Introduction to Therapy
Therapy for children and adolescents is usually considered when we notice problems with their relationships, their ability to perform in school, their feelings about themselves, or other signs of behavioral or emotional difficulties.
Therapists are able to help adults and children to address a wide variety of problems, including but not limited to:
- poor peer relationships
- poor parent-child relationships
- developmental delays
- severe shyness
- anxieties and fears
- difficulty paying attention
- poor school performance
- learning disabilities
- sibling rivalry
- family-of-origin issues
- clinging behavior
Most problems are identified not by the child or adolescent but by parents, teachers, pediatricians, or others involved with them. Getting help early can help prevent later difficulties.
Depending upon a child or adolescent's concerns and interests, activities are chosen for individual therapy sessions to help them understand themselves and their relationships, and change problem behaviors. Activities may include discussions, drawing, play, and practice of changes in behavior and thinking. Through all of these activities, the therapist is observing your child, asking questions, and making comments and suggestions to establish and reinforce changes in behavior, thinking, or handling emotions. Play is more common with younger children, while talk is more common with adolescents.
When a child is in individual therapy, contact between the therapist and parents is a crucial component of effective therapy. This will sometimes take place during part of your child or adolescent's session and sometimes involve separate parent sessions or phone conferences. You will then have an opportunity to inform yourself on your child?s progress, discuss your concerns, update the therapist on your child's behavior in other settings, and discuss parenting techniques. Specific books or other resources may be recommended relevant to your child's particular concerns. Children and adolescents understand how and when parents are kept informed on their progress, and the purpose of these contacts.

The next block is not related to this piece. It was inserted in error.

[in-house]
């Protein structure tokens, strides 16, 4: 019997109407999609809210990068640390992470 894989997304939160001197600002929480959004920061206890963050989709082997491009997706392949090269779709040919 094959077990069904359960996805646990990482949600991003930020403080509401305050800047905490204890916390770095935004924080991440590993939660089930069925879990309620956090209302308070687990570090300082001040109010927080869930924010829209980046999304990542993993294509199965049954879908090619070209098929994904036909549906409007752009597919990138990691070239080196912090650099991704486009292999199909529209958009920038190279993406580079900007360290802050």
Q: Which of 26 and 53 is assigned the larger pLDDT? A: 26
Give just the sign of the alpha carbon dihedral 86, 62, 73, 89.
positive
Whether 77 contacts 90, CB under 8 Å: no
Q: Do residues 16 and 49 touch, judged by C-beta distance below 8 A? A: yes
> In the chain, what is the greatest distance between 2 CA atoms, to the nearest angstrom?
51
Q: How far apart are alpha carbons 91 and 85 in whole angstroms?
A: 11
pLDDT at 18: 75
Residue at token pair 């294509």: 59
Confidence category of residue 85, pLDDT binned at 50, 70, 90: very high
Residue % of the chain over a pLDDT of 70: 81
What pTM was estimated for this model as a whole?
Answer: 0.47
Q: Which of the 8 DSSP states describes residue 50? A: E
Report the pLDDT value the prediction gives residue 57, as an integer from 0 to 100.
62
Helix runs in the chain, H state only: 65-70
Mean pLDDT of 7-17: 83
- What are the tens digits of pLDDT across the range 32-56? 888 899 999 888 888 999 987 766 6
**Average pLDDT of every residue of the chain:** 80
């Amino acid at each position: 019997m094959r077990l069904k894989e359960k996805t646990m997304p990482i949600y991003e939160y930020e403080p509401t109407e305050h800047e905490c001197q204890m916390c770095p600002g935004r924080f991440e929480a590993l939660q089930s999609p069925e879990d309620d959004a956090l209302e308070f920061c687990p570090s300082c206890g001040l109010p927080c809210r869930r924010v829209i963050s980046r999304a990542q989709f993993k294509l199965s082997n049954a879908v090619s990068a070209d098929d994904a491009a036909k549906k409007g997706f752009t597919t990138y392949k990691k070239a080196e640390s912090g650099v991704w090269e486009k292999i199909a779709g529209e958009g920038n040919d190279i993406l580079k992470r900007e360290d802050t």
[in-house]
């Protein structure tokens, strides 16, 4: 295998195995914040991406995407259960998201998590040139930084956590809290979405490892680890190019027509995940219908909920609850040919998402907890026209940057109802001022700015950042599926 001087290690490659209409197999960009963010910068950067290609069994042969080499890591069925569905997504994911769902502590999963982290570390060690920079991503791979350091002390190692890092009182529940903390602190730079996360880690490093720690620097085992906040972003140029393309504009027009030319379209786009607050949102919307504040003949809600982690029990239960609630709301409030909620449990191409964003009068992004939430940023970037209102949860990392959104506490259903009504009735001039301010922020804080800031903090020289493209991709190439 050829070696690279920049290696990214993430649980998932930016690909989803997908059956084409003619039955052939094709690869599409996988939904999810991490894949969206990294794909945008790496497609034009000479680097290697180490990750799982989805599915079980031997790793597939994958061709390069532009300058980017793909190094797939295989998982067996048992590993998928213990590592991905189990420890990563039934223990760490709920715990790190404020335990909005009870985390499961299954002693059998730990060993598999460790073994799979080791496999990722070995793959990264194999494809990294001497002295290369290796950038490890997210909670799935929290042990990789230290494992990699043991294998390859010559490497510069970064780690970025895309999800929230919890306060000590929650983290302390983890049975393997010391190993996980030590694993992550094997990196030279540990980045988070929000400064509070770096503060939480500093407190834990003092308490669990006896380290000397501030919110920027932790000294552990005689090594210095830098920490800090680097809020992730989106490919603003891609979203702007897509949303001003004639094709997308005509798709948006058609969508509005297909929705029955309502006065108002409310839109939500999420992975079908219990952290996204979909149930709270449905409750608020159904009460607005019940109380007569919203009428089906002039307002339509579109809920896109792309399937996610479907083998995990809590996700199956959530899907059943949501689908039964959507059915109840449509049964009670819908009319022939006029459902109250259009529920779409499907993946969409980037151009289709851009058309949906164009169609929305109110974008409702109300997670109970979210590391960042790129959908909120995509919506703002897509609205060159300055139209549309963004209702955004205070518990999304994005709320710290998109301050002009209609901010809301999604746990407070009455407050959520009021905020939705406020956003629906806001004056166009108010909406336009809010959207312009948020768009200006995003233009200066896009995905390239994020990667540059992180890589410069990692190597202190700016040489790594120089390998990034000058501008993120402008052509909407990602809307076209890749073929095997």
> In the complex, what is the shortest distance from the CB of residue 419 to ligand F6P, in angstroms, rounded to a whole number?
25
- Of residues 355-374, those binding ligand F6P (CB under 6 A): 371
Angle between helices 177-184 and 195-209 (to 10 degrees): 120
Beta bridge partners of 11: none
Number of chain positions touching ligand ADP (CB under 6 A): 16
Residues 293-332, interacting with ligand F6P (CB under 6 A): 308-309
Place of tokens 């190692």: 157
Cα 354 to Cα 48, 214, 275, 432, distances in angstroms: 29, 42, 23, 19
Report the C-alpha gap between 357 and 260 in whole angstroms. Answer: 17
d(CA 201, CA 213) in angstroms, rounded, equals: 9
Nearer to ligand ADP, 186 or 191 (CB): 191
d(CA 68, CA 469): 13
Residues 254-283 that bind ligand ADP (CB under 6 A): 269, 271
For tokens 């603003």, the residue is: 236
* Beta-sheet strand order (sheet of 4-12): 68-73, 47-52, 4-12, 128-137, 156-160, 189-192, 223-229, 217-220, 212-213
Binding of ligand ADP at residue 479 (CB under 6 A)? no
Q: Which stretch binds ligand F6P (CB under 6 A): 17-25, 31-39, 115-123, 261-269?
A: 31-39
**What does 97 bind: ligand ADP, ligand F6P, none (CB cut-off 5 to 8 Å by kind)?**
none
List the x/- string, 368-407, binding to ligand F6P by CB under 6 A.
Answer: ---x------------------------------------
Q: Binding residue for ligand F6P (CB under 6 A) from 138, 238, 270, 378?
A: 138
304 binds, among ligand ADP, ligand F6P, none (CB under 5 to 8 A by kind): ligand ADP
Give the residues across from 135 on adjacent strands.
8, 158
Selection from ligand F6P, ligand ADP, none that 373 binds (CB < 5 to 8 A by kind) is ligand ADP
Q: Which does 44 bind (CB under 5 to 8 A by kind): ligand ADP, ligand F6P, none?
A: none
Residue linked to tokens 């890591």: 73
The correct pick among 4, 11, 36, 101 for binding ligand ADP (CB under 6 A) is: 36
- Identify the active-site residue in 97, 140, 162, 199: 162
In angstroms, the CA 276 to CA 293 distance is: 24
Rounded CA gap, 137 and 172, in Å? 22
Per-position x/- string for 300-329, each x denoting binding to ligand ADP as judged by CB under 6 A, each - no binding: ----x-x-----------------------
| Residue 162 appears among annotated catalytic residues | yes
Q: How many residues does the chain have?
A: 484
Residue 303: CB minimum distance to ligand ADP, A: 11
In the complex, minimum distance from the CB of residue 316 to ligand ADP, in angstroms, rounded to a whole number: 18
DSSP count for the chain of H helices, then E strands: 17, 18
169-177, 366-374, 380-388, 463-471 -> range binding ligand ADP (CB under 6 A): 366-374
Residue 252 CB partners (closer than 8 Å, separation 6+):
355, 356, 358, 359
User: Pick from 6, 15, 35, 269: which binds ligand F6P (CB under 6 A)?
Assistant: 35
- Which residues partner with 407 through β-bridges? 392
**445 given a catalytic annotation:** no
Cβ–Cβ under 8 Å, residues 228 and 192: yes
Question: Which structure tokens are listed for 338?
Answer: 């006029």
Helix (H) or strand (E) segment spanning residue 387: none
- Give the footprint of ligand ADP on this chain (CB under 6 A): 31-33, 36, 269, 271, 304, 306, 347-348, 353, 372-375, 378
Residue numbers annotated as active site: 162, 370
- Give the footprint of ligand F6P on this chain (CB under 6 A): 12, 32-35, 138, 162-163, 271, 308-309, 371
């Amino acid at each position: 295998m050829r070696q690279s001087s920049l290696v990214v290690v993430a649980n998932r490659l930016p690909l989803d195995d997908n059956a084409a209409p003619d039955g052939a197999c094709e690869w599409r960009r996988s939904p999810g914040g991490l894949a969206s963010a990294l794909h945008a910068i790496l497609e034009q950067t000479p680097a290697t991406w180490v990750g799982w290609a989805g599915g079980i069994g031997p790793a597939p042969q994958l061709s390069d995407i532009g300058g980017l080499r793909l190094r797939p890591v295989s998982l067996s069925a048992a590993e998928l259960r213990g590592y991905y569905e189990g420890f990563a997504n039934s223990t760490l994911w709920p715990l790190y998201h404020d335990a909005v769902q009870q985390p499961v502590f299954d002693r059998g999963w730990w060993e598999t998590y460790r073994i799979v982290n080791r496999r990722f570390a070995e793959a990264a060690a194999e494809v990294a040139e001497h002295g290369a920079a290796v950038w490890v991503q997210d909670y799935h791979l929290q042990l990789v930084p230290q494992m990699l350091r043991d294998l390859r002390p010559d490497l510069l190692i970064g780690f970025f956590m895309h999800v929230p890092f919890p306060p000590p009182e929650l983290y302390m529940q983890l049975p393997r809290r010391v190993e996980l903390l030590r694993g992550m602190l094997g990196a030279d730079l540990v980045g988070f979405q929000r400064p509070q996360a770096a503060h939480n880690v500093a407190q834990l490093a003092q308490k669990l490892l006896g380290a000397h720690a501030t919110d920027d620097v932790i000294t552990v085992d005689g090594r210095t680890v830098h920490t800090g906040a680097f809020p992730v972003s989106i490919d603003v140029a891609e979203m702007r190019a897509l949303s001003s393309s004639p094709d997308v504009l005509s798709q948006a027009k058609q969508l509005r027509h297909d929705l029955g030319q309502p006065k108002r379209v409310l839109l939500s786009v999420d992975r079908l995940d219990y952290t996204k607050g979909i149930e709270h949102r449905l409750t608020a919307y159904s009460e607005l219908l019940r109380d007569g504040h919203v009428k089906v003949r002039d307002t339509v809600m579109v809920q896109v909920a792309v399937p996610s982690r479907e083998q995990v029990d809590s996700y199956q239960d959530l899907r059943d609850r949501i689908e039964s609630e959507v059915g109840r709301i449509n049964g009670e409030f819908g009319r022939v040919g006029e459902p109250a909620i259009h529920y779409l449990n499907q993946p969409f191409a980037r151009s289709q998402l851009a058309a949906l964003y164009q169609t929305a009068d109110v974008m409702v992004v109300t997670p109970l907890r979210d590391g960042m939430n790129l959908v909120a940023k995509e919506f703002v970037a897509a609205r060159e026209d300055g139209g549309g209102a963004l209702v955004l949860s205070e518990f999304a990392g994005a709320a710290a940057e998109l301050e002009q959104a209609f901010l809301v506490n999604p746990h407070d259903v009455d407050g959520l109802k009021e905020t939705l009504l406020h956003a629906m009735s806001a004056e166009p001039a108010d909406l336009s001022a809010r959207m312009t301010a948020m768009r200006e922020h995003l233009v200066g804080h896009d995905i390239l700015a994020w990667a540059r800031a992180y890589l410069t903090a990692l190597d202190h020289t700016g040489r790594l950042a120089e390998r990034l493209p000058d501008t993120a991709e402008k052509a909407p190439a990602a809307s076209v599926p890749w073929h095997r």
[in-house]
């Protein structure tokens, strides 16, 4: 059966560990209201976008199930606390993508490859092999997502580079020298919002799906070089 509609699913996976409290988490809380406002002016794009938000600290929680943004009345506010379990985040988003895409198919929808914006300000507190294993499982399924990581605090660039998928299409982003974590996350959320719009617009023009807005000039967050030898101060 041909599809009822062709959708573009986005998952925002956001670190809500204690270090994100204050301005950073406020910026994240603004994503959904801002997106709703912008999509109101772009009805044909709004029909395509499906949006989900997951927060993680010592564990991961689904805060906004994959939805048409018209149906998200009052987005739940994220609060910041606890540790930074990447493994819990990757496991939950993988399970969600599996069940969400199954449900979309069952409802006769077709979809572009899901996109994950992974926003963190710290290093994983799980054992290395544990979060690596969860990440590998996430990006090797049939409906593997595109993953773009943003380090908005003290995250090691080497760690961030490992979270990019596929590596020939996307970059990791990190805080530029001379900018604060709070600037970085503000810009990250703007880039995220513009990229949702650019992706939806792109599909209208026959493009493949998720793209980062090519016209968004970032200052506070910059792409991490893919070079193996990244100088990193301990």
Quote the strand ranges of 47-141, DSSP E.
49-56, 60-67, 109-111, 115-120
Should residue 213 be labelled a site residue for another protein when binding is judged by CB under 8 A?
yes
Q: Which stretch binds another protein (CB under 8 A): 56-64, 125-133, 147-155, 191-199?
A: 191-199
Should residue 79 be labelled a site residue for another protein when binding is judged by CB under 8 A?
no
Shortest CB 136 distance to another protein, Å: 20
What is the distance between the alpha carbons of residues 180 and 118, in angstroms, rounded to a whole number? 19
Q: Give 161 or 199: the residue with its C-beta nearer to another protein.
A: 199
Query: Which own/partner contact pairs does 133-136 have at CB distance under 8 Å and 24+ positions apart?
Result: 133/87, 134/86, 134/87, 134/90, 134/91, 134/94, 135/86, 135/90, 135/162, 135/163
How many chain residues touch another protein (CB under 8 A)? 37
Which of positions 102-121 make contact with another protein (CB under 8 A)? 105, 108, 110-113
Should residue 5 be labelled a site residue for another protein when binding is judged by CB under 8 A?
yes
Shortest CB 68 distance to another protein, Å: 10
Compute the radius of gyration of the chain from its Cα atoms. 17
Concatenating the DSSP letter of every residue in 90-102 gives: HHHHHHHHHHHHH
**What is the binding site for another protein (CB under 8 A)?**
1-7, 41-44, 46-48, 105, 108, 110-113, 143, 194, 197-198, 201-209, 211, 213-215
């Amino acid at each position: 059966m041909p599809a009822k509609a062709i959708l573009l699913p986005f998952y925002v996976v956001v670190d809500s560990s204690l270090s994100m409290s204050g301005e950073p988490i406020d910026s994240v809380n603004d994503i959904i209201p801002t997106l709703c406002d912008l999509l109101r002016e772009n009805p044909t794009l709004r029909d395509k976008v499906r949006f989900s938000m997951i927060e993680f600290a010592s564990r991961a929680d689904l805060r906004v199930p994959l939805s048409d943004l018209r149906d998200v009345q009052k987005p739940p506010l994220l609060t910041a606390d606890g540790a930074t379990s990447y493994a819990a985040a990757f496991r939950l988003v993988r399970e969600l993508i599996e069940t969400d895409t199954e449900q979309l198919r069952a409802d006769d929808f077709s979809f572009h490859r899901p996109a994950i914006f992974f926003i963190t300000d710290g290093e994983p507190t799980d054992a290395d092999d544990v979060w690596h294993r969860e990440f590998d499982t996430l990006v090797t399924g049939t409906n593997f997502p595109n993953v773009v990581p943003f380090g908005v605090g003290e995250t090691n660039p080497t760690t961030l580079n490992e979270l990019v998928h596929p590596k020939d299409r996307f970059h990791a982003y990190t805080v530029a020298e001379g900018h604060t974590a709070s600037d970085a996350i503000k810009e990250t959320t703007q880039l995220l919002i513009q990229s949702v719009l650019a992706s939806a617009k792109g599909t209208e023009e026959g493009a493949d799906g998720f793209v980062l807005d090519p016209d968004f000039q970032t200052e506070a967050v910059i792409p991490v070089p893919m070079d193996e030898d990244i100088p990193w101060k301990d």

Family therapy is often an important part of a child or adolescent's therapy, not because parents are to blame for their difficulties but because through their close relationship, love and daily involvement, parents play an important role in influencing their child toward constructive change. Family therapy can also help parents to develop skill in parenting that will be useful long after therapy ends. When parents can work with a child outside the therapy room in a way that supports the family's goals for therapy, the process is more effective and often shorter than when individual therapy is pursued alone. Sometimes family therapy is the primary recommended treatment, and sometimes it is recommended in addition to individual therapy.
LENGTH OF TREATMENT:
The frequency and length of treatment varies from individual to individual, depending upon the severity of the problem and their response to treatment. Therapy can last 3 to 5 sessions for crisis intervention or 10 to 12 sessions for relatively specific or situational problems. For problems that are relatively severe, longstanding, or affect many areas of a child or adolescent's life, therapy may take much longer.
While medication can ameliorate symptoms of depression, anxiety, poor concentration, and the like, it is a consequential intervention that is not recommended casually. Health improvements (sleep, diet, and exercise) will typically be recommended first. Any discussion of medication recommendations will fully respect the decisions made by adults and by parents for their children. If a trial of medication is pursued, a referral for consultation will be made to your pediatrician, family doctor, or a psychiatrist.